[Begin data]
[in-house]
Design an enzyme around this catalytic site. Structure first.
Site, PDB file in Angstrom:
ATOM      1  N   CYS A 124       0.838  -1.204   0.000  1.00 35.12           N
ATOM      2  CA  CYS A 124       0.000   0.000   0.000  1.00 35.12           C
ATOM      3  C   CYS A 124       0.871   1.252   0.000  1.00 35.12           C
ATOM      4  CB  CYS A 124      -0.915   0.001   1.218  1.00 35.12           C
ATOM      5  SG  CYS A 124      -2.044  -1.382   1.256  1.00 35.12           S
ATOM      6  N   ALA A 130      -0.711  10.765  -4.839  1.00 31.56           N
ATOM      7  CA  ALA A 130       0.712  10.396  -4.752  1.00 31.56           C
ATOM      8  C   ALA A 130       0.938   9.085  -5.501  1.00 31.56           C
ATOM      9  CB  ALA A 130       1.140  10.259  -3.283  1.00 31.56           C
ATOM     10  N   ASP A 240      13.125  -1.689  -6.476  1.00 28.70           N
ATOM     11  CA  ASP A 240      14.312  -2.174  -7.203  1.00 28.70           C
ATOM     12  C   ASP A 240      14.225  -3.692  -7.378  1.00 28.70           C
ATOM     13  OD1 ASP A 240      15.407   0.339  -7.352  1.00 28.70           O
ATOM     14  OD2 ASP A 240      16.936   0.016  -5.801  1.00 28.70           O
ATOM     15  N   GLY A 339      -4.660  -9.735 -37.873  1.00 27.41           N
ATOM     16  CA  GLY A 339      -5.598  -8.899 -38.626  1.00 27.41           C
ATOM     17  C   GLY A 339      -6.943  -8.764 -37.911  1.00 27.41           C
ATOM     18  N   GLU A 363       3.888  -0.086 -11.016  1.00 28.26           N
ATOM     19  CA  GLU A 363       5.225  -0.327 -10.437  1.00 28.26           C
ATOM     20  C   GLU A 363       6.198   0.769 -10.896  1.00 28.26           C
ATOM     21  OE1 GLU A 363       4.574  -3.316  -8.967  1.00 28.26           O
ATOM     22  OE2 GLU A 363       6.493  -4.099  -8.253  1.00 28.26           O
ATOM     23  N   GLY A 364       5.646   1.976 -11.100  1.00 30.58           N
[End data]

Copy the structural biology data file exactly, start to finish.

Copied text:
[in-house]
Design an enzyme around this catalytic site. Structure first.
Site, PDB file in Angstrom:
ATOM      1  N   CYS A 124       0.838  -1.204   0.000  1.00 35.12           N
ATOM      2  CA  CYS A 124       0.000   0.000   0.000  1.00 35.12           C
ATOM      3  C   CYS A 124       0.871   1.252   0.000  1.00 35.12           C
ATOM      4  CB  CYS A 124      -0.915   0.001   1.218  1.00 35.12           C
ATOM      5  SG  CYS A 124      -2.044  -1.382   1.256  1.00 35.12           S
ATOM      6  N   ALA A 130      -0.711  10.765  -4.839  1.00 31.56           N
ATOM      7  CA  ALA A 130       0.712  10.396  -4.752  1.00 31.56           C
ATOM      8  C   ALA A 130       0.938   9.085  -5.501  1.00 31.56           C
ATOM      9  CB  ALA A 130       1.140  10.259  -3.283  1.00 31.56           C
ATOM     10  N   ASP A 240      13.125  -1.689  -6.476  1.00 28.70           N
ATOM     11  CA  ASP A 240      14.312  -2.174  -7.203  1.00 28.70           C
ATOM     12  C   ASP A 240      14.225  -3.692  -7.378  1.00 28.70           C
ATOM     13  OD1 ASP A 240      15.407   0.339  -7.352  1.00 28.70           O
ATOM     14  OD2 ASP A 240      16.936   0.016  -5.801  1.00 28.70           O
ATOM     15  N   GLY A 339      -4.660  -9.735 -37.873  1.00 27.41           N
ATOM     16  CA  GLY A 339      -5.598  -8.899 -38.626  1.00 27.41           C
ATOM     17  C   GLY A 339      -6.943  -8.764 -37.911  1.00 27.41           C
ATOM     18  N   GLU A 363       3.888  -0.086 -11.016  1.00 28.26           N
ATOM     19  CA  GLU A 363       5.225  -0.327 -10.437  1.00 28.26           C
ATOM     20  C   GLU A 363       6.198   0.769 -10.896  1.00 28.26           C
ATOM     21  OE1 GLU A 363       4.574  -3.316  -8.967  1.00 28.26           O
ATOM     22  OE2 GLU A 363       6.493  -4.099  -8.253  1.00 28.26           O
ATOM     23  N   GLY A 364       5.646   1.976 -11.100  1.00 30.58           N